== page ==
August trade deficit widens 133pc


If the 133 percent year-on-year increase in the trade deficit in August hasn’t got alarm bells ringing in the finance ministry and the prime minister’s office, then there’s a very serious risk that this trend will go unaddressed and the country will sleepwalk into yet another Balance of Payments (BoP) crisis. This year’s budget is counting on export earnings and revenue collection to do the job and make the IMF agree with the fiscal and monetary expansion even though it contradicts its own structural adjustment mantra very strongly. But if the first two months of the present fiscal year have seen year-on-year imports balloon by 70 percent, with exports not only not picking up but looking like losing steam, then we might have a current account disaster as well as an unhappy IMF on our hands. It’s not right for the government to blame international commodity prices and machinery import for production for the higher import bill at this point.
For surely it had taken all this into account before signing off on the revolutionary budget. It would also have known that sometime this year international travel would pick up and overseas Pakistanis will have other things to do with their incomes than send them all home, so the welcome bulge in remittances is also expected to plateau sooner rather than later. How, then, will we make the budget work? It’s laden with subsidies and tax breaks yet the avenues of funding that expansion, exports and taxes, are severely compromised. That leaves us to borrow yet more to keep the budget on track; which is another way of saying that we would have to borrow more to keep the IMF bailout program on track, which also involves borrowing more to pay back money that had been borrowed before.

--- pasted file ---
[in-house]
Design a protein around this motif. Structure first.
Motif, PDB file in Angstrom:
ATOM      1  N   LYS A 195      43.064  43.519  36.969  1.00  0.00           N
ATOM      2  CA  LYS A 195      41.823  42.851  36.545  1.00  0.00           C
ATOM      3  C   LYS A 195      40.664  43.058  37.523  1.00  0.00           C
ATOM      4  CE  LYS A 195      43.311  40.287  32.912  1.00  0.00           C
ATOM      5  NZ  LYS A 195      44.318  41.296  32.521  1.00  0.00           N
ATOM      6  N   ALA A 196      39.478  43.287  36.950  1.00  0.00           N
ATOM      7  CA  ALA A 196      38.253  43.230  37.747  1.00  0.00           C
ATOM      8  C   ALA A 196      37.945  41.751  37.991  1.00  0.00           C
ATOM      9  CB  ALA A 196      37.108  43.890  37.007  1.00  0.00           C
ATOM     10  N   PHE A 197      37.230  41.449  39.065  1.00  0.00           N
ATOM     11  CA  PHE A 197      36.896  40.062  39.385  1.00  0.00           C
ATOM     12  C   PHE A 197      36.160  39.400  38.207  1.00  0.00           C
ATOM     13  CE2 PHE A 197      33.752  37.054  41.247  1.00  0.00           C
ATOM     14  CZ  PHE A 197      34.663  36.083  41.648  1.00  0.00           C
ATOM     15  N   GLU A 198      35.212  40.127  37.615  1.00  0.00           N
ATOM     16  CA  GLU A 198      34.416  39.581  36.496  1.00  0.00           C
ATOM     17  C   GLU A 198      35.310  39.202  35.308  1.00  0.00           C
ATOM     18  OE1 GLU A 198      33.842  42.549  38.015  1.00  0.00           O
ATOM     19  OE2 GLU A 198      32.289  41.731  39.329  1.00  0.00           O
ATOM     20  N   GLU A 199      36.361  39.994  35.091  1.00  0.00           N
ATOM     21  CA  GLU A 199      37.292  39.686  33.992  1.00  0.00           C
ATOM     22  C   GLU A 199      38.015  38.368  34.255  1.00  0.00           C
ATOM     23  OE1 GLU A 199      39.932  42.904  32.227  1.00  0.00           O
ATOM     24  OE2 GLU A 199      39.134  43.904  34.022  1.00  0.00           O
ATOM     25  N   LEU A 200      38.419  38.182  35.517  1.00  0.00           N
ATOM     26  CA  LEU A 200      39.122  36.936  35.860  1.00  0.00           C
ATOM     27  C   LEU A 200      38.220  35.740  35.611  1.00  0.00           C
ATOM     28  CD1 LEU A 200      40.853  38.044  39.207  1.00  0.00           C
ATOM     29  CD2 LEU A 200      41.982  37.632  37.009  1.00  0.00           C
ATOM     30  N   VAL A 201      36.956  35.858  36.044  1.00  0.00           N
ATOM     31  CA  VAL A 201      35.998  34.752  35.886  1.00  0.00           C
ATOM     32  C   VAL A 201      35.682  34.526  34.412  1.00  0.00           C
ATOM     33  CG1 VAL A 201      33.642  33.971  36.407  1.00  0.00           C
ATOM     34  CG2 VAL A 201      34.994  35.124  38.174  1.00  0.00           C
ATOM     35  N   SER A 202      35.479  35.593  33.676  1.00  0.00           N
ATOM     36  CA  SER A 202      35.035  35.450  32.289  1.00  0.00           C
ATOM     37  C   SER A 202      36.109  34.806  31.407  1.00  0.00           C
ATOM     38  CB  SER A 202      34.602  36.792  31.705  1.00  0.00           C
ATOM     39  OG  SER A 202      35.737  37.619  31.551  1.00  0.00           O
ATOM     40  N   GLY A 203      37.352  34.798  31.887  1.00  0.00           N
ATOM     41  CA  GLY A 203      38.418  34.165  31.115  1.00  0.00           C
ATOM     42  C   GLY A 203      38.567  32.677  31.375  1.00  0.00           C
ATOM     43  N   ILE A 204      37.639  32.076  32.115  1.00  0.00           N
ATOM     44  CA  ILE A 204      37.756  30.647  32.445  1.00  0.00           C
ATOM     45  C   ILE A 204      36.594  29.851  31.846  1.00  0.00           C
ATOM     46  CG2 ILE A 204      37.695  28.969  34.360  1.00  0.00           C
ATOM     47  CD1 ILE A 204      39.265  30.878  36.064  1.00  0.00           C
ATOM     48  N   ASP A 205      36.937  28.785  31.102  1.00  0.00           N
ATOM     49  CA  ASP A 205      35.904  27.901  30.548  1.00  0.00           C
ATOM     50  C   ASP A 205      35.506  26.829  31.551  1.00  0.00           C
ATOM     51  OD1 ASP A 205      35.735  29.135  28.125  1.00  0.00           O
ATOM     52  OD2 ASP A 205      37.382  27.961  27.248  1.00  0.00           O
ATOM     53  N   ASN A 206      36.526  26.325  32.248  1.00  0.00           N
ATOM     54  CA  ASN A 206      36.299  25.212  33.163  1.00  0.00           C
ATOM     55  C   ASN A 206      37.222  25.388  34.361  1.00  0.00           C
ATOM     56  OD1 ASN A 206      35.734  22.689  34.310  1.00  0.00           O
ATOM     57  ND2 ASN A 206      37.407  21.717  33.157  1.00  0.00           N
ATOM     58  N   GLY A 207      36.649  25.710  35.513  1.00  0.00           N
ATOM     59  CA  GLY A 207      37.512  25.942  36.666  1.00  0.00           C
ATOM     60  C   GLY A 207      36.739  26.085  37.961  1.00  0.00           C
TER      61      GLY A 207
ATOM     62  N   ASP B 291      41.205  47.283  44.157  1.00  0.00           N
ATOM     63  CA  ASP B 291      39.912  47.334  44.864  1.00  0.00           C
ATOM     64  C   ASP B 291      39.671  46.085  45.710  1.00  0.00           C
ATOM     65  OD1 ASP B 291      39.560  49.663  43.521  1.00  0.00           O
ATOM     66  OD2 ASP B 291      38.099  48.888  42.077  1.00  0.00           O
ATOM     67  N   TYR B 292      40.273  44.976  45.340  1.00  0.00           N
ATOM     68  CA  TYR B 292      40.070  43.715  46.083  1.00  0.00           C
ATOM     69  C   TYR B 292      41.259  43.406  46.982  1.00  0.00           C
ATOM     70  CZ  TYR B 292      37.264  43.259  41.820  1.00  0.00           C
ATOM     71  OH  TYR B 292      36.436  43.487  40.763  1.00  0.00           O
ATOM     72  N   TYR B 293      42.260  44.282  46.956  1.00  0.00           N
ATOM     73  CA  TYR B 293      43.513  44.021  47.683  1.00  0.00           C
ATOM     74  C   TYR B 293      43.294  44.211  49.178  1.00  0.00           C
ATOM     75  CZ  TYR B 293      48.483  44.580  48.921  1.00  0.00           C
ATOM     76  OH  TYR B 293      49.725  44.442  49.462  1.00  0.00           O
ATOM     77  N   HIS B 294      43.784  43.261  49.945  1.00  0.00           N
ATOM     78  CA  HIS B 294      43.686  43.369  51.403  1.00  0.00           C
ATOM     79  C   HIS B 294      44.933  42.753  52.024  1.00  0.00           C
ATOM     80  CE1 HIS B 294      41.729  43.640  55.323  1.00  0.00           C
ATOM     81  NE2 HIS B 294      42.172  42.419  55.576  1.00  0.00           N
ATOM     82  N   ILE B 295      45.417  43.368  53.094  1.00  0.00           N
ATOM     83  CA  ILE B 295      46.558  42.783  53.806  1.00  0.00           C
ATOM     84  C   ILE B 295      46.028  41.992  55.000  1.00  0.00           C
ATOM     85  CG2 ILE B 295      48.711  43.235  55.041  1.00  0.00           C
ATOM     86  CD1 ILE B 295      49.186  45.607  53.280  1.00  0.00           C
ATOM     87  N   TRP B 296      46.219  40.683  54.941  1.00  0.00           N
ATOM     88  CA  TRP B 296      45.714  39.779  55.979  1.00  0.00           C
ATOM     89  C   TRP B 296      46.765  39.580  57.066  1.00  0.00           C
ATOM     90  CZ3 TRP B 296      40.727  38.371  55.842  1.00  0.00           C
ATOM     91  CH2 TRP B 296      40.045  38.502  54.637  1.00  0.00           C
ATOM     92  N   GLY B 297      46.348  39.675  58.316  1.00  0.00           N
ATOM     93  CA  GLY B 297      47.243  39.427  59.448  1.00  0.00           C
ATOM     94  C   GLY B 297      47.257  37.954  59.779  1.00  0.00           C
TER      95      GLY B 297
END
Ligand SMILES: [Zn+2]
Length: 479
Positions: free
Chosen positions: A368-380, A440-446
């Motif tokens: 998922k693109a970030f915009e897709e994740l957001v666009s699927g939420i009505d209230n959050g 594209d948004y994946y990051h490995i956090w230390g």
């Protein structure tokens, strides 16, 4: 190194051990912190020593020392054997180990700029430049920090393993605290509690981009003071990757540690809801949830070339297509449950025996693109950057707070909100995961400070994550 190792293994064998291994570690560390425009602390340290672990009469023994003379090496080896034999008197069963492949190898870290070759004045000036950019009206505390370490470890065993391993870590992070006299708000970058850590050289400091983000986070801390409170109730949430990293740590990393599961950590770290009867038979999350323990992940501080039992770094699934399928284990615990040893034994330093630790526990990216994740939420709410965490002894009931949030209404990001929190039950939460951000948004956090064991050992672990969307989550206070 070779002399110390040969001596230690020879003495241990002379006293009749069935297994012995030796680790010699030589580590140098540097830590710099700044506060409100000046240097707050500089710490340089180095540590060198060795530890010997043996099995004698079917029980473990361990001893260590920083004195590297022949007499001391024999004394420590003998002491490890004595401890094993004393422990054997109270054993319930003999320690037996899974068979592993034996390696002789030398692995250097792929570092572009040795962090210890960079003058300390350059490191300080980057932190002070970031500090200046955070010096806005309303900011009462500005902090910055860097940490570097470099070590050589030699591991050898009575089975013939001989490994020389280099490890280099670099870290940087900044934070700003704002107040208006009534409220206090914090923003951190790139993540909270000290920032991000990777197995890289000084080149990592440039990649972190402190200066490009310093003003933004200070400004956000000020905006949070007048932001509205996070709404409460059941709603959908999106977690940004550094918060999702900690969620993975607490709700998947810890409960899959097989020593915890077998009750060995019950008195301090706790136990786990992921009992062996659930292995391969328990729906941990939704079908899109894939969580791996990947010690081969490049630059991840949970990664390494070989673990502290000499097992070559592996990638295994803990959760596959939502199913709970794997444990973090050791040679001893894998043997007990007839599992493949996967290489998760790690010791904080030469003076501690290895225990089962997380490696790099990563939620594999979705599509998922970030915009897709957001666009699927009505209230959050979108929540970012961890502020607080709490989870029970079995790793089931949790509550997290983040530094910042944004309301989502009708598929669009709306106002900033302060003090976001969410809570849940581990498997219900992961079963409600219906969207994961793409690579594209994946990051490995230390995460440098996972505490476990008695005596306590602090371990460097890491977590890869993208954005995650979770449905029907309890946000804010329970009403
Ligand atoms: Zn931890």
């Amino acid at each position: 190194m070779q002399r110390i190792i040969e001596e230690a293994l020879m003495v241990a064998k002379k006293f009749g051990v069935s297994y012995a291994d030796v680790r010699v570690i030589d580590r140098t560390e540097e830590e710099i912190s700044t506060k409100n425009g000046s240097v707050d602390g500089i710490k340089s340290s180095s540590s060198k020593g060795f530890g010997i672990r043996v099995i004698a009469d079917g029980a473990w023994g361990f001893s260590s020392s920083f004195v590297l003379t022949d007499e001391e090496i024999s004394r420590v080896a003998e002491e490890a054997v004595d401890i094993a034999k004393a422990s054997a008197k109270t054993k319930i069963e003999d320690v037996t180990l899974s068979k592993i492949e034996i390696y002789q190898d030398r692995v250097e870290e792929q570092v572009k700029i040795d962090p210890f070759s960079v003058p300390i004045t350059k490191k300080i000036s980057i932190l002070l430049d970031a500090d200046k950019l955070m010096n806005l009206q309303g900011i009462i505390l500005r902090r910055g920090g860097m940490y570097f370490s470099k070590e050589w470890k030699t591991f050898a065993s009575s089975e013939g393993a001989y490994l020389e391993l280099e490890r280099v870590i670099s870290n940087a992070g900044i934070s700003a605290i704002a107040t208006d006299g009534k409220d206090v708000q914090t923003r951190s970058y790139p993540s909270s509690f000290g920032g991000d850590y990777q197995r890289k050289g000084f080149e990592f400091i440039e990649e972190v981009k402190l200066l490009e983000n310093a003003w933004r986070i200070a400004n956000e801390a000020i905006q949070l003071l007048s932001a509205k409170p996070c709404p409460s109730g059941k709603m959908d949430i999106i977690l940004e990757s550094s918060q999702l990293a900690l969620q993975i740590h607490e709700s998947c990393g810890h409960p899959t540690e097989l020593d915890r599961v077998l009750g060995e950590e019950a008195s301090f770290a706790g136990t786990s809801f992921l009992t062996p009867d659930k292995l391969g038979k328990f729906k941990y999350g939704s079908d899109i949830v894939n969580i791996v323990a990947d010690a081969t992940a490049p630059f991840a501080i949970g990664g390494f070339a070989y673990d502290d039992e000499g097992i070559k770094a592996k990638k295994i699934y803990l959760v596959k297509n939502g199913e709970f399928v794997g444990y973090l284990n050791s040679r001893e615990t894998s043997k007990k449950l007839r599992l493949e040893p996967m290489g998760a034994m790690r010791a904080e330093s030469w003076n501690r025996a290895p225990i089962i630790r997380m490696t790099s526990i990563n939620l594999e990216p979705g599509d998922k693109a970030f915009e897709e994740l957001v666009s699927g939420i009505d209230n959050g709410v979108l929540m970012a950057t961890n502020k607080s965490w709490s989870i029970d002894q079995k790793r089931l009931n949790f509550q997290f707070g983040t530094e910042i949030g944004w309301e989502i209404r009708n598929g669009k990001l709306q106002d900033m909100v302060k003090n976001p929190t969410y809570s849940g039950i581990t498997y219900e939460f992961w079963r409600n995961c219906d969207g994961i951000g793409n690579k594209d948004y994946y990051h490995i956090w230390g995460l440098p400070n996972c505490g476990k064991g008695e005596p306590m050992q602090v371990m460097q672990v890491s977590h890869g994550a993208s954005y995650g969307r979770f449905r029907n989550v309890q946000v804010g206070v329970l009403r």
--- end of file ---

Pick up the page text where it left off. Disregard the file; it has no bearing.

All that is bound to shatter whatever investor confidence is left and punish the Pakistani rupee even more. It does not suit the government to celebrate its economic policy just yet. It must first do something about all the potholes that lie on the road to growth. Surely no plan would look too good, however ambitious it is, if it is unable to overcome the initial bumps on the way. Hopefully the government is aware of the gravity of the situation and has a Plan B ready just in case the IMF is not too impressed by the way things are going so far; which is very likely. Otherwise the experiment with the budget will meet a very unpleasant and quick end.